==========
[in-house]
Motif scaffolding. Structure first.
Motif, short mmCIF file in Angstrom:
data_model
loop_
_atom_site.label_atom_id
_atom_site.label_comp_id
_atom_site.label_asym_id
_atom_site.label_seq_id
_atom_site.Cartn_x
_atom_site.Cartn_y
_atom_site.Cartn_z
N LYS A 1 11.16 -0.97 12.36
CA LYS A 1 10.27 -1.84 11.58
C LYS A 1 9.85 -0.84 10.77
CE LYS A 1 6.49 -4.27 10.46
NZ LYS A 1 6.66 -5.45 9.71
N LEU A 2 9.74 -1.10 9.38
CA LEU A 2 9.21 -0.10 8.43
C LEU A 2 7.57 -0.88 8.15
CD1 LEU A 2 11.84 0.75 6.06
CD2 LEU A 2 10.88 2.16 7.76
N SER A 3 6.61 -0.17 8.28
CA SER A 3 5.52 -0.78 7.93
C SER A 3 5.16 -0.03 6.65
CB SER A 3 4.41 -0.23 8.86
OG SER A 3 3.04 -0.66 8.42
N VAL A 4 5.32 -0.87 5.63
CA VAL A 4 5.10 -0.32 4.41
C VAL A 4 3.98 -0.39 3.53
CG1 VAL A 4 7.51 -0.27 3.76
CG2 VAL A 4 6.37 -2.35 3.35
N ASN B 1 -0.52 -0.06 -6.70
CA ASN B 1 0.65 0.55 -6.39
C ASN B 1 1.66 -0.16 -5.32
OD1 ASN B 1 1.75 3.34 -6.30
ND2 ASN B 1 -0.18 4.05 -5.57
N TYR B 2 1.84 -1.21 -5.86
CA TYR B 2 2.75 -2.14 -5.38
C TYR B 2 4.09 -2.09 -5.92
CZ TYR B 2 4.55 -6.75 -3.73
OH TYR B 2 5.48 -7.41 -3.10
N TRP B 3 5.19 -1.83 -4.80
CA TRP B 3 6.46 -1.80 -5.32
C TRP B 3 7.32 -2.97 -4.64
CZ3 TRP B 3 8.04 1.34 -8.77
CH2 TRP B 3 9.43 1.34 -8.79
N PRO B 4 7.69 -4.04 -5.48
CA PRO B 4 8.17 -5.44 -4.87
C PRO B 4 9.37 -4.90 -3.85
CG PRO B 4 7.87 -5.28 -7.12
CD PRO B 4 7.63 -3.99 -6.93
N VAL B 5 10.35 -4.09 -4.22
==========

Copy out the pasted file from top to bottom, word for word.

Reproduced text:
[in-house]
Motif scaffolding. Structure first.
Motif, short mmCIF file in Angstrom:
data_model
loop_
_atom_site.label_atom_id
_atom_site.label_comp_id
_atom_site.label_asym_id
_atom_site.label_seq_id
_atom_site.Cartn_x
_atom_site.Cartn_y
_atom_site.Cartn_z
N LYS A 1 11.16 -0.97 12.36
CA LYS A 1 10.27 -1.84 11.58
C LYS A 1 9.85 -0.84 10.77
CE LYS A 1 6.49 -4.27 10.46
NZ LYS A 1 6.66 -5.45 9.71
N LEU A 2 9.74 -1.10 9.38
CA LEU A 2 9.21 -0.10 8.43
C LEU A 2 7.57 -0.88 8.15
CD1 LEU A 2 11.84 0.75 6.06
CD2 LEU A 2 10.88 2.16 7.76
N SER A 3 6.61 -0.17 8.28
CA SER A 3 5.52 -0.78 7.93
C SER A 3 5.16 -0.03 6.65
CB SER A 3 4.41 -0.23 8.86
OG SER A 3 3.04 -0.66 8.42
N VAL A 4 5.32 -0.87 5.63
CA VAL A 4 5.10 -0.32 4.41
C VAL A 4 3.98 -0.39 3.53
CG1 VAL A 4 7.51 -0.27 3.76
CG2 VAL A 4 6.37 -2.35 3.35
N ASN B 1 -0.52 -0.06 -6.70
CA ASN B 1 0.65 0.55 -6.39
C ASN B 1 1.66 -0.16 -5.32
OD1 ASN B 1 1.75 3.34 -6.30
ND2 ASN B 1 -0.18 4.05 -5.57
N TYR B 2 1.84 -1.21 -5.86
CA TYR B 2 2.75 -2.14 -5.38
C TYR B 2 4.09 -2.09 -5.92
CZ TYR B 2 4.55 -6.75 -3.73
OH TYR B 2 5.48 -7.41 -3.10
N TRP B 3 5.19 -1.83 -4.80
CA TRP B 3 6.46 -1.80 -5.32
C TRP B 3 7.32 -2.97 -4.64
CZ3 TRP B 3 8.04 1.34 -8.77
CH2 TRP B 3 9.43 1.34 -8.79
N PRO B 4 7.69 -4.04 -5.48
CA PRO B 4 8.17 -5.44 -4.87
C PRO B 4 9.37 -4.90 -3.85
CG PRO B 4 7.87 -5.28 -7.12
CD PRO B 4 7.63 -3.99 -6.93
N VAL B 5 10.35 -4.09 -4.22